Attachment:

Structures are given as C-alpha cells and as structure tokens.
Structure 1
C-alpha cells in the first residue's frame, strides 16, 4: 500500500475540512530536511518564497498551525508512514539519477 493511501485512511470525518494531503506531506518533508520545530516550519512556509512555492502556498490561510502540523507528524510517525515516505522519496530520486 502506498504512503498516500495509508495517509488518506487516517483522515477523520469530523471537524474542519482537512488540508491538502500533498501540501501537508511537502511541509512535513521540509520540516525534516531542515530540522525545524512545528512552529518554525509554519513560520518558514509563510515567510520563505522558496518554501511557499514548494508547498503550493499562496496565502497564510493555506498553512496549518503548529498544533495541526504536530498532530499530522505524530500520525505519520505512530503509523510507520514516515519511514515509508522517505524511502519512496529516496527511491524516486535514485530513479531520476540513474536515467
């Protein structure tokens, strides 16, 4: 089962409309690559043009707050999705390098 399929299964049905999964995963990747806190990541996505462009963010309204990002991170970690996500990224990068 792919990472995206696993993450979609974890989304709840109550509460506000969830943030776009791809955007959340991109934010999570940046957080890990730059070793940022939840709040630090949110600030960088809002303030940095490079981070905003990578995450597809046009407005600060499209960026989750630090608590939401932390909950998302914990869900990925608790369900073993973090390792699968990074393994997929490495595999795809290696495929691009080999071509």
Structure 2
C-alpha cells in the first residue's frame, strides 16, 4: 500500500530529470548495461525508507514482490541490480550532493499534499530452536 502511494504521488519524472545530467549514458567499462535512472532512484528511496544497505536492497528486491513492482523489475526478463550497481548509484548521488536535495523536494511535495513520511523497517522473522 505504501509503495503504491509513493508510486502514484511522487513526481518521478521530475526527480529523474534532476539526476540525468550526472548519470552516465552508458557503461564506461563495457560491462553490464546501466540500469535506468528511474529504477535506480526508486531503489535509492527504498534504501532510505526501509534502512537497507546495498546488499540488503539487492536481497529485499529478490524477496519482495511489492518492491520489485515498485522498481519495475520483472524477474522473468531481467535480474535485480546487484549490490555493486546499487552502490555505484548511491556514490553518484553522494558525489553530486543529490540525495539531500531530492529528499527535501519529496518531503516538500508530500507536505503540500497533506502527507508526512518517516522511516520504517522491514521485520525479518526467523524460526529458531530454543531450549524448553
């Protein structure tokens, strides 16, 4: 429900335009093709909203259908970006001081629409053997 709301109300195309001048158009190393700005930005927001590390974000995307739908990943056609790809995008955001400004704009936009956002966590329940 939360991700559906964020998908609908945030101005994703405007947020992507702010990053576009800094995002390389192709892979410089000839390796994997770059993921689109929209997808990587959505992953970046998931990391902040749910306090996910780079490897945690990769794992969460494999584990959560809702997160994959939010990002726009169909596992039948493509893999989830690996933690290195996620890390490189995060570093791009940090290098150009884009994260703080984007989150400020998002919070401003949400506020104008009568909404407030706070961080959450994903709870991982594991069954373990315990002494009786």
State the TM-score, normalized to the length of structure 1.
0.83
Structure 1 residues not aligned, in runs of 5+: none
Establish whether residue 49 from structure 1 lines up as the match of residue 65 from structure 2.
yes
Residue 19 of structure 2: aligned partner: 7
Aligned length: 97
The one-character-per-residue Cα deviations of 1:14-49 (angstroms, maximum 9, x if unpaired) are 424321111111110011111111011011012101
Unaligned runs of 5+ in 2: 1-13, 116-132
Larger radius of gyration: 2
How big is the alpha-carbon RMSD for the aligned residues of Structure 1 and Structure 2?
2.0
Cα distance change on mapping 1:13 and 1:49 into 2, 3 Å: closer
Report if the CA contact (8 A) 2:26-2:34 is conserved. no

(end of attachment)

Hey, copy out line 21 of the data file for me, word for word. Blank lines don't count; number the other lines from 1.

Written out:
Report if the CA contact (8 A) 2:26-2:34 is conserved. no